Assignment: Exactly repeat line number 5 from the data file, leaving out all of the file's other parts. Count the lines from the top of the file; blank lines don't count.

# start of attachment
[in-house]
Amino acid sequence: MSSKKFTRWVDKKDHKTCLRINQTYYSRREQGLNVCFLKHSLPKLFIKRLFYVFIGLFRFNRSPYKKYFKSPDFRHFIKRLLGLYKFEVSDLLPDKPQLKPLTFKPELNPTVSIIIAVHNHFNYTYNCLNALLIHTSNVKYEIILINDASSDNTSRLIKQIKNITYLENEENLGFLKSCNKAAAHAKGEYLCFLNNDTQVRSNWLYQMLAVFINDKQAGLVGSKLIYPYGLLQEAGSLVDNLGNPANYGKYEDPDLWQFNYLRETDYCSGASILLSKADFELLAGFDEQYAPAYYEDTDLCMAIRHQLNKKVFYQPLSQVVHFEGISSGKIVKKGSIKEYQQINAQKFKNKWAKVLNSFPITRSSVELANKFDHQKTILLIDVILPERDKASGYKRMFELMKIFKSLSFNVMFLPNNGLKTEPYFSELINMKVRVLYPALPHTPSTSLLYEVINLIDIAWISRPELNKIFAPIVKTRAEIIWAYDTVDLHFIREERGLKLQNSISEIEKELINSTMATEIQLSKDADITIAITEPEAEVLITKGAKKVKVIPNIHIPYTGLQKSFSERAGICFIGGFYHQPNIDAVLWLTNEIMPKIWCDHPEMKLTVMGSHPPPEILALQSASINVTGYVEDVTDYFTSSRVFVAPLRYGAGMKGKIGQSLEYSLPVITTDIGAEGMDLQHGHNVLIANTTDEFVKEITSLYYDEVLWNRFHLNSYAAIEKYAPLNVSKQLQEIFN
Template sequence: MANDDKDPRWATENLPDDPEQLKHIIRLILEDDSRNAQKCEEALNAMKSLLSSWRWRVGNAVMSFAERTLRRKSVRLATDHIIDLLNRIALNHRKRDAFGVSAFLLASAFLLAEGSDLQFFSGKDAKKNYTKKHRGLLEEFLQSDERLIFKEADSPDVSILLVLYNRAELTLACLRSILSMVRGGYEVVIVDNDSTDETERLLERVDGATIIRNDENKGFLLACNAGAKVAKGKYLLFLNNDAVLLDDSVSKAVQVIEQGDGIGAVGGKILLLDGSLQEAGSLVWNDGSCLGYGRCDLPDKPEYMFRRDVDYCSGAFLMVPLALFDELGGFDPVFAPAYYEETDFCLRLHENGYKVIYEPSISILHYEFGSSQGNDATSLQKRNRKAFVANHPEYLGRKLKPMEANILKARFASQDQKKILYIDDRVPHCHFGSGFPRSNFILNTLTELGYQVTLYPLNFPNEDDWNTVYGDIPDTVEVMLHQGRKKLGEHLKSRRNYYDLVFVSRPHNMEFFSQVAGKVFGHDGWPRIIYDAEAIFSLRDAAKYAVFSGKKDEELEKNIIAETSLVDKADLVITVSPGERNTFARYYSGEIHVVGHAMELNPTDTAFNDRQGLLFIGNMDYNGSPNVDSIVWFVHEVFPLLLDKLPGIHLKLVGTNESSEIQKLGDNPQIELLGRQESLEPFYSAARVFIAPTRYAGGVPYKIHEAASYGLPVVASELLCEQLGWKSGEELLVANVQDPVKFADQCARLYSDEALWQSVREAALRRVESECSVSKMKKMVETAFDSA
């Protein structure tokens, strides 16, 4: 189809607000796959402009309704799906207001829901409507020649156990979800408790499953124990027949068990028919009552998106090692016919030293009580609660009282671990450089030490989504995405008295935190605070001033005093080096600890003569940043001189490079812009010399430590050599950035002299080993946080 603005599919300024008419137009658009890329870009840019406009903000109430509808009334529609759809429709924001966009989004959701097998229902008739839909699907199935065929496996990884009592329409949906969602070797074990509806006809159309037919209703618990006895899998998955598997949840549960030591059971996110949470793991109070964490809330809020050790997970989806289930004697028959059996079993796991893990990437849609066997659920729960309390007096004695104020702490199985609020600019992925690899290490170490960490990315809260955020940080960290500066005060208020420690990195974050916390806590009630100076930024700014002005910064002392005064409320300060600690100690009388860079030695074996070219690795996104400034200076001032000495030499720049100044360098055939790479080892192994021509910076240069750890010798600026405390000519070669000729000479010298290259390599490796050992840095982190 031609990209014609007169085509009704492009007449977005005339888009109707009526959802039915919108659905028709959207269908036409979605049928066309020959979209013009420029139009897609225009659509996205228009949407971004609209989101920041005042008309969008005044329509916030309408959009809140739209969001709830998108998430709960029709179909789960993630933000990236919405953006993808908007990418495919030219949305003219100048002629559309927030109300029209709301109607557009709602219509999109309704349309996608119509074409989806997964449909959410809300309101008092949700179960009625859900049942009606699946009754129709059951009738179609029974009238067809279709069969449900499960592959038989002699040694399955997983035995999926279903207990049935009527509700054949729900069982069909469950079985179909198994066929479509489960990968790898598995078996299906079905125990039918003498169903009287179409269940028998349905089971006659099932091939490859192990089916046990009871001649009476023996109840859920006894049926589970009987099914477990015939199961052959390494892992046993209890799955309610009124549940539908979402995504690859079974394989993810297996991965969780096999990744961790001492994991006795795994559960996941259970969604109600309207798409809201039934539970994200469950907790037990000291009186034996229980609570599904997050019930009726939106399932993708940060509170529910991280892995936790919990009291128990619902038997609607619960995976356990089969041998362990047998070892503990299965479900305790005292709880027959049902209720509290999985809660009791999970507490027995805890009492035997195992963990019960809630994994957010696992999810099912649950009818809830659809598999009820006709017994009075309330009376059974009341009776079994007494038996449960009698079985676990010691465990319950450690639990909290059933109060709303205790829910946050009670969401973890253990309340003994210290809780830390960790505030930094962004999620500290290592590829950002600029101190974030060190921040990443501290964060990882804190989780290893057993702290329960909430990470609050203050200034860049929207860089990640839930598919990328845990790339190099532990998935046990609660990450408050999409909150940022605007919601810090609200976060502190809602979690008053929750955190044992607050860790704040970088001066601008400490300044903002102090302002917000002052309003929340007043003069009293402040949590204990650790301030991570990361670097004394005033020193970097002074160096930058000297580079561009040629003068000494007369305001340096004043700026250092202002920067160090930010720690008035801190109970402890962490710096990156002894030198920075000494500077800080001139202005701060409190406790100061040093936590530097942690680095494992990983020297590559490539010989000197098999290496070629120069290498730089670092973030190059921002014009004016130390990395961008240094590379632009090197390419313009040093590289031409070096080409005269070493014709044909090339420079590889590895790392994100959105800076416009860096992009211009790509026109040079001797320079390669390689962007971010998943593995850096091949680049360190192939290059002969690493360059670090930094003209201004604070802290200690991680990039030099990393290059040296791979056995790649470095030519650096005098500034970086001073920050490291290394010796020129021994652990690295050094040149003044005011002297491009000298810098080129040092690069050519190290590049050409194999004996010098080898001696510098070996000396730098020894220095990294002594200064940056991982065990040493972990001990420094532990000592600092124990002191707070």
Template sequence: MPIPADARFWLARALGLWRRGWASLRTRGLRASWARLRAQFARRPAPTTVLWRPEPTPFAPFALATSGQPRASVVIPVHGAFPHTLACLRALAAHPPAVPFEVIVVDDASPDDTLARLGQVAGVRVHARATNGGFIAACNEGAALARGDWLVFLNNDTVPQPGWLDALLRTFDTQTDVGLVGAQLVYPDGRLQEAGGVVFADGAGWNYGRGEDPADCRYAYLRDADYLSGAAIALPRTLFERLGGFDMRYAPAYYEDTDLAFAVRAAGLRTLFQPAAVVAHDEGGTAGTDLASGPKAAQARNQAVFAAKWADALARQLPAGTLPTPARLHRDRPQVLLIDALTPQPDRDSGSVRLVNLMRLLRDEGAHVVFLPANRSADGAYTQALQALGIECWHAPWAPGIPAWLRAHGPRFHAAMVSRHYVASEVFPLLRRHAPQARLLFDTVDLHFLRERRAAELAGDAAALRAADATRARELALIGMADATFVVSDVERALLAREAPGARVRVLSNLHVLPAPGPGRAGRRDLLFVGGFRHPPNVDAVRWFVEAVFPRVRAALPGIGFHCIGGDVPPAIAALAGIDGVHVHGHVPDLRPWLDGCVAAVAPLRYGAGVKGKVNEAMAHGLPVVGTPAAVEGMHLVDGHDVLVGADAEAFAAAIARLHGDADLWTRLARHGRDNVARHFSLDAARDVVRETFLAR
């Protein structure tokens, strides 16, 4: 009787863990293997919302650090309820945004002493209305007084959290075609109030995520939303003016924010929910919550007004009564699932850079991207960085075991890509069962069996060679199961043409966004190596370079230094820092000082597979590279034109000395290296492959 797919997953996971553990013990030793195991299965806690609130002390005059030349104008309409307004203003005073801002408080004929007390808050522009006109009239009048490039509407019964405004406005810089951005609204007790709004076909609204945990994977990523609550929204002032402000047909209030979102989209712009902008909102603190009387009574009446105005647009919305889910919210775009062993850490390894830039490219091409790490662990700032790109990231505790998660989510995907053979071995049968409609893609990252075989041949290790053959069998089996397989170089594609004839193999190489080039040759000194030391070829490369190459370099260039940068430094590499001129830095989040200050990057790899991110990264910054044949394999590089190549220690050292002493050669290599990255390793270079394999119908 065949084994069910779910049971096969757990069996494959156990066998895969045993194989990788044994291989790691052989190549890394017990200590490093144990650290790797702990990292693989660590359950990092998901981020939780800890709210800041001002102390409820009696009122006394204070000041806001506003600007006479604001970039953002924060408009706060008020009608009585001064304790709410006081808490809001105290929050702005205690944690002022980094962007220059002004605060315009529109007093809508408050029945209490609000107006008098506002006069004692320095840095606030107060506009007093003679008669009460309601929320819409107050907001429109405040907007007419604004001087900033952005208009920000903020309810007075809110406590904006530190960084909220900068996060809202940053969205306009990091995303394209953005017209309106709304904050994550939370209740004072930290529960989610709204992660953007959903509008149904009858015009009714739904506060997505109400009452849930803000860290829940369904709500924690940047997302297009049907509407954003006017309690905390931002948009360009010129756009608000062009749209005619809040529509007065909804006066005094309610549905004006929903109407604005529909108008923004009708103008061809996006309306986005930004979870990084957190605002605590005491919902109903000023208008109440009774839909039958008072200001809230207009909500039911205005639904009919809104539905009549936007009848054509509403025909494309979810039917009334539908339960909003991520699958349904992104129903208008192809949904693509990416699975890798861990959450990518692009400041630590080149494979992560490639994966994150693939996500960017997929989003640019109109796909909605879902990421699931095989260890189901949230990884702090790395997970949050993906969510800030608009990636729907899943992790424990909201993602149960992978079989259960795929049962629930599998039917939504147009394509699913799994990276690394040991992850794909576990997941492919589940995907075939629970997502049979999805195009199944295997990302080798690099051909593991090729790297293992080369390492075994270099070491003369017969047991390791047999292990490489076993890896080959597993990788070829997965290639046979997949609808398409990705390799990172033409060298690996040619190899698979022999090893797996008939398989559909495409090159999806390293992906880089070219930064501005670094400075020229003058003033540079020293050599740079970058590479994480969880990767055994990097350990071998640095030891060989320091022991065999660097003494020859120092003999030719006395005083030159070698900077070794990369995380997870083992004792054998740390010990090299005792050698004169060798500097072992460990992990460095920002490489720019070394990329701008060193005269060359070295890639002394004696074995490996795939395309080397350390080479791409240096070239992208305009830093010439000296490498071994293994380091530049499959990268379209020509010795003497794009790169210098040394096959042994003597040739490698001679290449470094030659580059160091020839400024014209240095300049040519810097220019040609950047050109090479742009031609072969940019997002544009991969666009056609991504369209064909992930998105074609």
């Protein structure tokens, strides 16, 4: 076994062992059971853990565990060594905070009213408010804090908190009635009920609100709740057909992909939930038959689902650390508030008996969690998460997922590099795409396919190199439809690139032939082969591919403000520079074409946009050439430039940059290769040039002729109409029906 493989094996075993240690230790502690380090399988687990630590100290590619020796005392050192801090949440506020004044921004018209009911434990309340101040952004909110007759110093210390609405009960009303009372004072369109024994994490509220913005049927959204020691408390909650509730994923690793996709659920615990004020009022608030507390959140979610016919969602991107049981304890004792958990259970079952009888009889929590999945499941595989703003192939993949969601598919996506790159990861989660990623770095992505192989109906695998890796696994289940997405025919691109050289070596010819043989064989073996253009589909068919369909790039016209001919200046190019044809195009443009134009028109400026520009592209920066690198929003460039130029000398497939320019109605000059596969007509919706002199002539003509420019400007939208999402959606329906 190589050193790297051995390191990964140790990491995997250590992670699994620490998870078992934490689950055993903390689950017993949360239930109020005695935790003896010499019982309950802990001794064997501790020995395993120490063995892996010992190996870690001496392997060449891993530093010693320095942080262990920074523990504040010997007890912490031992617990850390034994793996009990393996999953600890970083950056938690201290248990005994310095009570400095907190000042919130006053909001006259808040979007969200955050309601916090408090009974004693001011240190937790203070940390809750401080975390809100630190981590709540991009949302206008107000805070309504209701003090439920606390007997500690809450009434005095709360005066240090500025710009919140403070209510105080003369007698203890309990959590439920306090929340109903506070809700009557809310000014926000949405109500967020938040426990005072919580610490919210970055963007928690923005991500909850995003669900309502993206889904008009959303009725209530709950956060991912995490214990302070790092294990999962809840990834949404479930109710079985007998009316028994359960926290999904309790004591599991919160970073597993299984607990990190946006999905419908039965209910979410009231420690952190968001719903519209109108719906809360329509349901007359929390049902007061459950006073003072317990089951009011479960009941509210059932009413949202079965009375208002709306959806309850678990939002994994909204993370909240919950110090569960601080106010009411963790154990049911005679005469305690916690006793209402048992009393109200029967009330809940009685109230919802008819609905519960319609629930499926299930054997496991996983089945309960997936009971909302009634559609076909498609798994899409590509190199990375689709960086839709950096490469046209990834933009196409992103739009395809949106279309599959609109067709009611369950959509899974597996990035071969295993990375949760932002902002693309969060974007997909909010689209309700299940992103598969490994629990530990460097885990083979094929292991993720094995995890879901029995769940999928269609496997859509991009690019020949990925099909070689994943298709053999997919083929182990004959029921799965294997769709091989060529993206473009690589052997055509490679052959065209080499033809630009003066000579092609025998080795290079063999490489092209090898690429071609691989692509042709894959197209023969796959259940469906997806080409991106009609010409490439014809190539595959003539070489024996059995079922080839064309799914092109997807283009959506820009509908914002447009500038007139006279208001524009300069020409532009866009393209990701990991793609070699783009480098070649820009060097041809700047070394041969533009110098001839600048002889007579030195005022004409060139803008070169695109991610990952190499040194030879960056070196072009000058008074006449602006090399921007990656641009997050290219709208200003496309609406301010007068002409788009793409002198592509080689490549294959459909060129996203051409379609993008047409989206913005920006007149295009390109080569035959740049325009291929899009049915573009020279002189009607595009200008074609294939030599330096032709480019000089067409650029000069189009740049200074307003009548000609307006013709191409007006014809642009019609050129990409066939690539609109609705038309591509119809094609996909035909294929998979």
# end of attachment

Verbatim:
Template sequence: MPIPADARFWLARALGLWRRGWASLRTRGLRASWARLRAQFARRPAPTTVLWRPEPTPFAPFALATSGQPRASVVIPVHGAFPHTLACLRALAAHPPAVPFEVIVVDDASPDDTLARLGQVAGVRVHARATNGGFIAACNEGAALARGDWLVFLNNDTVPQPGWLDALLRTFDTQTDVGLVGAQLVYPDGRLQEAGGVVFADGAGWNYGRGEDPADCRYAYLRDADYLSGAAIALPRTLFERLGGFDMRYAPAYYEDTDLAFAVRAAGLRTLFQPAAVVAHDEGGTAGTDLASGPKAAQARNQAVFAAKWADALARQLPAGTLPTPARLHRDRPQVLLIDALTPQPDRDSGSVRLVNLMRLLRDEGAHVVFLPANRSADGAYTQALQALGIECWHAPWAPGIPAWLRAHGPRFHAAMVSRHYVASEVFPLLRRHAPQARLLFDTVDLHFLRERRAAELAGDAAALRAADATRARELALIGMADATFVVSDVERALLAREAPGARVRVLSNLHVLPAPGPGRAGRRDLLFVGGFRHPPNVDAVRWFVEAVFPRVRAALPGIGFHCIGGDVPPAIAALAGIDGVHVHGHVPDLRPWLDGCVAAVAPLRYGAGVKGKVNEAMAHGLPVVGTPAAVEGMHLVDGHDVLVGADAEAFAAAIARLHGDADLWTRLARHGRDNVARHFSLDAARDVVRETFLAR